Read more

Discussion about the Cisco 6807-XL Slots

January 4 2016 , Written by Cisco & Cisco Router, Network Switch Published on #Cisco Modules - Cisco Cables - Cisco Memory

Mechanical View of Cisco Catalyst 6807-XL

Mechanical View of Cisco Catalyst 6807-XL

We talked about the Cisco Transceiver Modules a lot before, such as the S-Class Optics vs. Non-S-Class Optics, the CVR-X2-SFP10G & CVR-X2-SFP10G=, and the Cisco 10GBASE X2 Module & SFP Compatibility.

These are all the popular questions asked by customers. Here in this article we will continue to share the Cisco 6807-XL Slots issue put forwarded by Cisco users. What did they discuss about that? Let’s see the details…

The Question: “I want to choose 6807-XL as a core switch in my project, but I have question! Can I use 6 cards as a module and 1 as SUP 2T or I must use 5 Slots for modules cards?? Because I need One SUP 2T and I want to use the rest of 6 slots for module cards, Can I do that?”

…The pinouts between the module slots and sup slots are different. So slots 5 and 6 are reserved for sups and can't be used with regular modules.

So is there any model more than 7 slots from 6800 series?

Another Question: “There is a difference between X2-10GB-SR= and SFP-10G-SR= because I want to replace the WS-X6816-10G-2T card with C6800-32P10G-XL which can carry 32 ports 10G with One card so I can save one slot! Can I do that?”

…The Cisco 6807 is the larger chassis you can get on the 6800 series. As for 16 port 10Gig vs. 32 port 10Gig, you can defiantly use the 32 port 10gig module to solve the issue if not having enough slots for all your 10Gig interfaces. Also, you can enable VSS on the 6800 series to give you the redundancy you need without using HSRP/VRRP, etc...

“And but 16port 10Gig uses Pluggable transceivers X2-10GB-SR= and 32port 10Gig uses Pluggable transceivers SFP-10G-SR=?! Is there any difference between them? Or both them the same!”

You need the 16 port 10Gig SFP+ or the 32 port 10Gig SFP+

See this link for part numbers and descriptions:

http://www.cisco.com/c/en/us/products/collateral/switches/catalyst-6800-series-switches/datasheet-c78-733662.html

Two models:

C6800-16P10G, a 16-port 10-Gigabit Ethernet Fiber Module with DFC4, and C6800-16P10G-XL, a16-port 10-Gigabit Ethernet Fiber Module with DFC4XL

C6800-32P10G, a 32-port 10-Gigabit Ethernet Fiber Module with DFC4, and C6800-32P10G-XL, a 32-port 10-Gigabit Ethernet Fiber Module with DFC4XL

The difference between WS-X6816-10G-2T card and C6800-32P10G-XL?

X2 and SFP are different form factors. On some of these, you CAN get a twinGig adapter to convert an X2 into multiple SFP ports, but I don't think these can be 10G SFP+ (although it may be possible on the newer modules).

There shouldn't be a performance difference between SFP+ or X2. However, check the capability of the line card / chassis backplane - if you have 16 10G ports, make sure the line card plugged into supports what you expect. Remember, if all ports are 10G running flat out, your total backplane for that line card is 160G, unless it's between servers in the same VLAN connected to the same blade.

The original discussion from https://supportforums.cisco.com/discussion/12736701/6807-xl-slots-issue

What’s your opinion about the Cisco 6807-XL Slots issue? Welcome to share with us here…

…More Related

The New 32-port 10-Gb Line Cards on Catalyst 6800 &6500-E Series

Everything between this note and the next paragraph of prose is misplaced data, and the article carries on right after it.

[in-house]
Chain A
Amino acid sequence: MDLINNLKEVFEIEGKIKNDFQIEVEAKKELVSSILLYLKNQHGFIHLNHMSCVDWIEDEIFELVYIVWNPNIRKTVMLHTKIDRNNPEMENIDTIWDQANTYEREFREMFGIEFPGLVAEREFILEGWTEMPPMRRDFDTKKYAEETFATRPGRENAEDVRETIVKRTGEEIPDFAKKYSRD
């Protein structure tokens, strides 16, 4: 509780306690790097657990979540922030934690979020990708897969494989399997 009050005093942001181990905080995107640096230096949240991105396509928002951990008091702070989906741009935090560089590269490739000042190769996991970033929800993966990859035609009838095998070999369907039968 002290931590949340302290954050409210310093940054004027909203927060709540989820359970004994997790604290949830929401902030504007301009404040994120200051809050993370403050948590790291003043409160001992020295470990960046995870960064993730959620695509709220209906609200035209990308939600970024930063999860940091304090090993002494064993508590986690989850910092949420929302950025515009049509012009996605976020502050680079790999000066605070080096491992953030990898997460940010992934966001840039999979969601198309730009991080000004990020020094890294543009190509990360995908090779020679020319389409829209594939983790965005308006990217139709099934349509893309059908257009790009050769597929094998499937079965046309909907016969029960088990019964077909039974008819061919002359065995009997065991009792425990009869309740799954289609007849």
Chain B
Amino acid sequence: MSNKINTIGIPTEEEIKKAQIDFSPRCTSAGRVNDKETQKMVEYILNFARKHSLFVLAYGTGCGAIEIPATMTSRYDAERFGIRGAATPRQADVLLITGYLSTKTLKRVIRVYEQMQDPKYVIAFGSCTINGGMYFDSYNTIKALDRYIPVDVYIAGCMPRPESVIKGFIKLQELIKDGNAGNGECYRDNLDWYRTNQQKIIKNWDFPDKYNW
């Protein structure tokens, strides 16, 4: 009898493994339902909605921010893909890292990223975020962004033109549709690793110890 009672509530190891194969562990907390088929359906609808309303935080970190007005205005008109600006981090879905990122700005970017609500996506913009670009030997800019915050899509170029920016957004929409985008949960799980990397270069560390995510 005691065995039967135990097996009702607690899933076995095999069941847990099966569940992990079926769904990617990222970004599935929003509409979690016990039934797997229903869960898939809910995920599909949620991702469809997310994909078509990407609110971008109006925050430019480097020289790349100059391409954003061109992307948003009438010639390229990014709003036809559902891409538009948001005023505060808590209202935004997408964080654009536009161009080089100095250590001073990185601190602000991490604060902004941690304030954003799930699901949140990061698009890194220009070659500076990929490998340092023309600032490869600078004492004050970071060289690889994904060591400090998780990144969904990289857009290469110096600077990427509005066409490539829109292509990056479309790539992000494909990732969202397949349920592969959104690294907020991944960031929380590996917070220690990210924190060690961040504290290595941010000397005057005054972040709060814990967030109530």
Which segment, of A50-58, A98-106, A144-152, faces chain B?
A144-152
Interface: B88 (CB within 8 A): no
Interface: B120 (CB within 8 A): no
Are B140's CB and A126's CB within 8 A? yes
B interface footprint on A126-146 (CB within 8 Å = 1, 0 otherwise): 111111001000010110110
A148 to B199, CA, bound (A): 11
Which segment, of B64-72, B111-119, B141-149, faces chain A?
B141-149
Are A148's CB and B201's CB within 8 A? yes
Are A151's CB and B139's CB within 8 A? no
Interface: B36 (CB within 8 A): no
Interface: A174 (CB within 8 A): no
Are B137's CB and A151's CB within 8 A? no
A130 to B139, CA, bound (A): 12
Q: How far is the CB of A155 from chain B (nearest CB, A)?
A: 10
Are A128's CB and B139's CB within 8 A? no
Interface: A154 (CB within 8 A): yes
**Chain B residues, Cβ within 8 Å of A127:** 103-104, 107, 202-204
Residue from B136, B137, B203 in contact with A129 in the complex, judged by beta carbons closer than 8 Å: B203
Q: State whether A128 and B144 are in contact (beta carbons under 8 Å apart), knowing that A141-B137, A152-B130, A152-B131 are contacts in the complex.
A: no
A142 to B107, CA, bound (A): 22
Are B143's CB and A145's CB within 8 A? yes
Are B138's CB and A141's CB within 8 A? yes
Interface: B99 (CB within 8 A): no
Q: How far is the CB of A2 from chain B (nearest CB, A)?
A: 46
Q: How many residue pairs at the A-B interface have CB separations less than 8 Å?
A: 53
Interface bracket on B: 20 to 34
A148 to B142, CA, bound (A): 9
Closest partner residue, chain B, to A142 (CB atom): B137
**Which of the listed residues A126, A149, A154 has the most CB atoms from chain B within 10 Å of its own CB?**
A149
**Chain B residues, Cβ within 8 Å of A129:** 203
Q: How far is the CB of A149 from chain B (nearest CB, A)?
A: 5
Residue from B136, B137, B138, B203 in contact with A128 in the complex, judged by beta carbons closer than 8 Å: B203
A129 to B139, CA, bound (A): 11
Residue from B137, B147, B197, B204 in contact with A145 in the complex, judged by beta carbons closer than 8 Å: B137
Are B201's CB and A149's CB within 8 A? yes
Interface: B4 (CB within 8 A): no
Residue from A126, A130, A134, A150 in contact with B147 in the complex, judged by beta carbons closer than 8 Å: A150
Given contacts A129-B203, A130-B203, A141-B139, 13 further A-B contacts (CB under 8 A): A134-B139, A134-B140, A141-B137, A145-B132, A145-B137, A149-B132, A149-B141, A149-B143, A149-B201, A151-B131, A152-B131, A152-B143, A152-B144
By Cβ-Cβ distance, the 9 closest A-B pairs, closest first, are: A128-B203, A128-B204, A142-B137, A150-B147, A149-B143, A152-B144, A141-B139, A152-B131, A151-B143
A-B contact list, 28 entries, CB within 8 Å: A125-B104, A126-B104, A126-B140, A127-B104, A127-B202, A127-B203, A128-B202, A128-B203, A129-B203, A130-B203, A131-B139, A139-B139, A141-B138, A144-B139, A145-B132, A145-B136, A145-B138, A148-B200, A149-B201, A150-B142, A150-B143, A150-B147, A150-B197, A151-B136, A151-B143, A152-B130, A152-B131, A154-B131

About Cisco Catalyst Multigigabit Ethernet & Cisco Multigigabit Ethernet Switches

The Time of Multigigabit, Cisco’ s New Campus LAN Switches

The Questions about the Cisco 10GBASE X2 Module & SFP Compatibility

Cisco 10GBASE SFP+ Modules Overview

Cisco XFP vs. SFP vs. SFP+

About Transceiver & Cisco Transceiver Modules

Read more

About Cisco ASR 9000 Series & vDDoS Protection Solution

December 15 2015 , Written by Cisco & Cisco Router, Network Switch Published on #Cisco Routers

Cisco ASR 9000 Series & vDDoS Protection Solution...More Benefits

Cisco ASR 9000 Series & vDDoS Protection Solution...More Benefits

Cisco ASR 9000 vDDoS Defends Against Various Types of DDoS Attacks

Cisco ASR 9000 vDDoS Defends Against Various Types of DDoS Attacks

Aggregation Services Router (ASR) offers the industry’s highest density Carrier Ethernet system, with superior edge and aggregation performance.

The Cisco ASR 9000 series routers are the cornerstone of modern Edge and Carrier Ethernet networks.

Network traffic surges. Links saturate. Systems overload. Customer complaints flood the call centers. What’s going on? One possibility is a distributed denial-of-service (DDoS) attack.

Cisco ASR 9000 virtual DDoS (vDDoS) protection defends your network against DDoS attacks by embedding Arbor Networks DDoS detection and mitigation technology into your Cisco network. You can automatically mitigate all types of DDoS attacks against your network or your customers’ networks. The solution protects your network against different types of DDoS attacks—such as volumetric, state exhaustion, and application layer attacks—helping to ensure its continued availability.

And you can also use the capability to provide DDoS protection services to your customers to increase your revenue and retain customers.

The ASR 9000 powers a virtual Peakflow Threat Management System on its Virtualized Services Module (VSM), so you can deliver DDoS protection services to market fast.

Benefits

• Add distributed denial of service (DDoS) protection to Cisco ASR 9000 deployments with no extra rack space, power, or cooling requirements.

• Combine existing Arbor Threat Management System appliances with comprehensive vDDoS protection.